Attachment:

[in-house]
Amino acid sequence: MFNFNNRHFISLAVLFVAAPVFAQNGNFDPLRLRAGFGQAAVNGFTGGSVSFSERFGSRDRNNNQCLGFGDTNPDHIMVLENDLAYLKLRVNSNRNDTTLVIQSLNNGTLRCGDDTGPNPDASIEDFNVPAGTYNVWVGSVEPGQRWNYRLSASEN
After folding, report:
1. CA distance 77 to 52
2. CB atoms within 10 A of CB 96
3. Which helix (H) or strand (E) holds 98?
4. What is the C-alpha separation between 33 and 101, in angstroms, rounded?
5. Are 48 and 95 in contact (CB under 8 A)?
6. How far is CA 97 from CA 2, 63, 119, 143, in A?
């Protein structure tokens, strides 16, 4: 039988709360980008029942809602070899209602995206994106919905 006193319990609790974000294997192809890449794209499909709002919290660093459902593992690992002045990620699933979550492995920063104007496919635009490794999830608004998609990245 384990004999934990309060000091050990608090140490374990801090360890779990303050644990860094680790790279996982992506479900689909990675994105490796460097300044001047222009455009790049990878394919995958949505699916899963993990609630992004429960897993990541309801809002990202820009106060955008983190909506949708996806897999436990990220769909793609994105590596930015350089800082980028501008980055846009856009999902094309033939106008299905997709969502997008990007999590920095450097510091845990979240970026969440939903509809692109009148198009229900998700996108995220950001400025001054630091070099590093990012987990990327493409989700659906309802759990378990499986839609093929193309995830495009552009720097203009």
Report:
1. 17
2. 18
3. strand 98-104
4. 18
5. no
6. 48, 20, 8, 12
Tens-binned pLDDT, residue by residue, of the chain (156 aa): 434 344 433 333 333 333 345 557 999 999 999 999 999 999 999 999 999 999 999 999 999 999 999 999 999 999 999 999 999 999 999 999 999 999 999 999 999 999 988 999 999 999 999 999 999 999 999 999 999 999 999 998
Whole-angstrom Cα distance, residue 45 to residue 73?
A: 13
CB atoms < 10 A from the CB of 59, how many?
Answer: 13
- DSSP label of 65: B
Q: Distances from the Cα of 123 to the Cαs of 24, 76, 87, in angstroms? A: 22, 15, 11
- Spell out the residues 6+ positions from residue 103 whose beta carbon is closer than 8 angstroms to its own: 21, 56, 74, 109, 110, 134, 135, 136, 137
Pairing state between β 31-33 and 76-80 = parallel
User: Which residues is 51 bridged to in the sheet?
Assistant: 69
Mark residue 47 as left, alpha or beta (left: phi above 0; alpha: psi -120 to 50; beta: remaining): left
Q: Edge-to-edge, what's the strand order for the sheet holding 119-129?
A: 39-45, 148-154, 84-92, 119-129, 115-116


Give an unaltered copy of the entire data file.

[in-house]
Amino acid sequence: MFNFNNRHFISLAVLFVAAPVFAQNGNFDPLRLRAGFGQAAVNGFTGGSVSFSERFGSRDRNNNQCLGFGDTNPDHIMVLENDLAYLKLRVNSNRNDTTLVIQSLNNGTLRCGDDTGPNPDASIEDFNVPAGTYNVWVGSVEPGQRWNYRLSASEN
After folding, report:
1. CA distance 77 to 52
2. CB atoms within 10 A of CB 96
3. Which helix (H) or strand (E) holds 98?
4. What is the C-alpha separation between 33 and 101, in angstroms, rounded?
5. Are 48 and 95 in contact (CB under 8 A)?
6. How far is CA 97 from CA 2, 63, 119, 143, in A?
């Protein structure tokens, strides 16, 4: 039988709360980008029942809602070899209602995206994106919905 006193319990609790974000294997192809890449794209499909709002919290660093459902593992690992002045990620699933979550492995920063104007496919635009490794999830608004998609990245 384990004999934990309060000091050990608090140490374990801090360890779990303050644990860094680790790279996982992506479900689909990675994105490796460097300044001047222009455009790049990878394919995958949505699916899963993990609630992004429960897993990541309801809002990202820009106060955008983190909506949708996806897999436990990220769909793609994105590596930015350089800082980028501008980055846009856009999902094309033939106008299905997709969502997008990007999590920095450097510091845990979240970026969440939903509809692109009148198009229900998700996108995220950001400025001054630091070099590093990012987990990327493409989700659906309802759990378990499986839609093929193309995830495009552009720097203009």
Report:
1. 17
2. 18
3. strand 98-104
4. 18
5. no
6. 48, 20, 8, 12
Tens-binned pLDDT, residue by residue, of the chain (156 aa): 434 344 433 333 333 333 345 557 999 999 999 999 999 999 999 999 999 999 999 999 999 999 999 999 999 999 999 999 999 999 999 999 999 999 999 999 999 999 988 999 999 999 999 999 999 999 999 999 999 999 999 998
Whole-angstrom Cα distance, residue 45 to residue 73?
A: 13
CB atoms < 10 A from the CB of 59, how many?
Answer: 13
- DSSP label of 65: B
Q: Distances from the Cα of 123 to the Cαs of 24, 76, 87, in angstroms? A: 22, 15, 11
- Spell out the residues 6+ positions from residue 103 whose beta carbon is closer than 8 angstroms to its own: 21, 56, 74, 109, 110, 134, 135, 136, 137
Pairing state between β 31-33 and 76-80 = parallel
User: Which residues is 51 bridged to in the sheet?
Assistant: 69
Mark residue 47 as left, alpha or beta (left: phi above 0; alpha: psi -120 to 50; beta: remaining): left
Q: Edge-to-edge, what's the strand order for the sheet holding 119-129?
A: 39-45, 148-154, 84-92, 119-129, 115-116